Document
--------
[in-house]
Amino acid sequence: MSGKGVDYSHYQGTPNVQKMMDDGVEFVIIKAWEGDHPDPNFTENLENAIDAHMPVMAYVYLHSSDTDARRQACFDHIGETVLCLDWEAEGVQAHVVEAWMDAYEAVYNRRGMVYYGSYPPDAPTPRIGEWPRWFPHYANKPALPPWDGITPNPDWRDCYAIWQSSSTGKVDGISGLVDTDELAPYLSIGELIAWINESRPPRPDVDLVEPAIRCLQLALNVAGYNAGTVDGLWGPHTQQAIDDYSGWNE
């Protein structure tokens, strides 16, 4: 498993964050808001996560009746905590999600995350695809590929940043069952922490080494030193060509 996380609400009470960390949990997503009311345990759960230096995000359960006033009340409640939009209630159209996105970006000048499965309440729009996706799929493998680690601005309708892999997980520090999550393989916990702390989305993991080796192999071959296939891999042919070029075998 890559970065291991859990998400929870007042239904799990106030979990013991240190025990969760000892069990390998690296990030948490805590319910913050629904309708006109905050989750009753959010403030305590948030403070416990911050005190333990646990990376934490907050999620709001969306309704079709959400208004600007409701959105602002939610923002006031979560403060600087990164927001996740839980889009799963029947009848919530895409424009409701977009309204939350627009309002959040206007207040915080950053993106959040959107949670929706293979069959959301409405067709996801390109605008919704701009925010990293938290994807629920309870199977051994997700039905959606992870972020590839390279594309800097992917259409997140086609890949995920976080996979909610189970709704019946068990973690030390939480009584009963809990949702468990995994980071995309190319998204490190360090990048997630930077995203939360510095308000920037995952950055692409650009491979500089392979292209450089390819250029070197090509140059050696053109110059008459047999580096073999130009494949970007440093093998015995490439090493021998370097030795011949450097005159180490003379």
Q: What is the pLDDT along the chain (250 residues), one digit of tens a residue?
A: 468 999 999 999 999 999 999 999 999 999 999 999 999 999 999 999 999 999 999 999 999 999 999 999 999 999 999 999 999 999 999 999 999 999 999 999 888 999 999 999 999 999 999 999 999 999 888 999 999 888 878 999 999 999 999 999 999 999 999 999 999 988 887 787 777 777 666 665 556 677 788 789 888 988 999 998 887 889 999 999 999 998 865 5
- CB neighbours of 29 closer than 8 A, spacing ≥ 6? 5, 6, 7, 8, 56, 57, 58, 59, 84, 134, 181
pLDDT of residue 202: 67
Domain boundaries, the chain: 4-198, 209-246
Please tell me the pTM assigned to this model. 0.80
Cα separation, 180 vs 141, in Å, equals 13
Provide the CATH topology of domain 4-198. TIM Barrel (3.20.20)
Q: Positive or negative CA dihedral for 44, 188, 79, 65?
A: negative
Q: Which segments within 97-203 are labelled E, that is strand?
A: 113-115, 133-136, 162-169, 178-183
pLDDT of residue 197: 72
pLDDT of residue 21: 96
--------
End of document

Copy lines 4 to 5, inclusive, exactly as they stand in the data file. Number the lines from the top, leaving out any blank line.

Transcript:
Q: What is the pLDDT along the chain (250 residues), one digit of tens a residue?
A: 468 999 999 999 999 999 999 999 999 999 999 999 999 999 999 999 999 999 999 999 999 999 999 999 999 999 999 999 999 999 999 999 999 999 999 999 888 999 999 999 999 999 999 999 999 999 888 999 999 888 878 999 999 999 999 999 999 999 999 999 999 988 887 787 777 777 666 665 556 677 788 789 888 988 999 998 887 889 999 999 999 998 865 5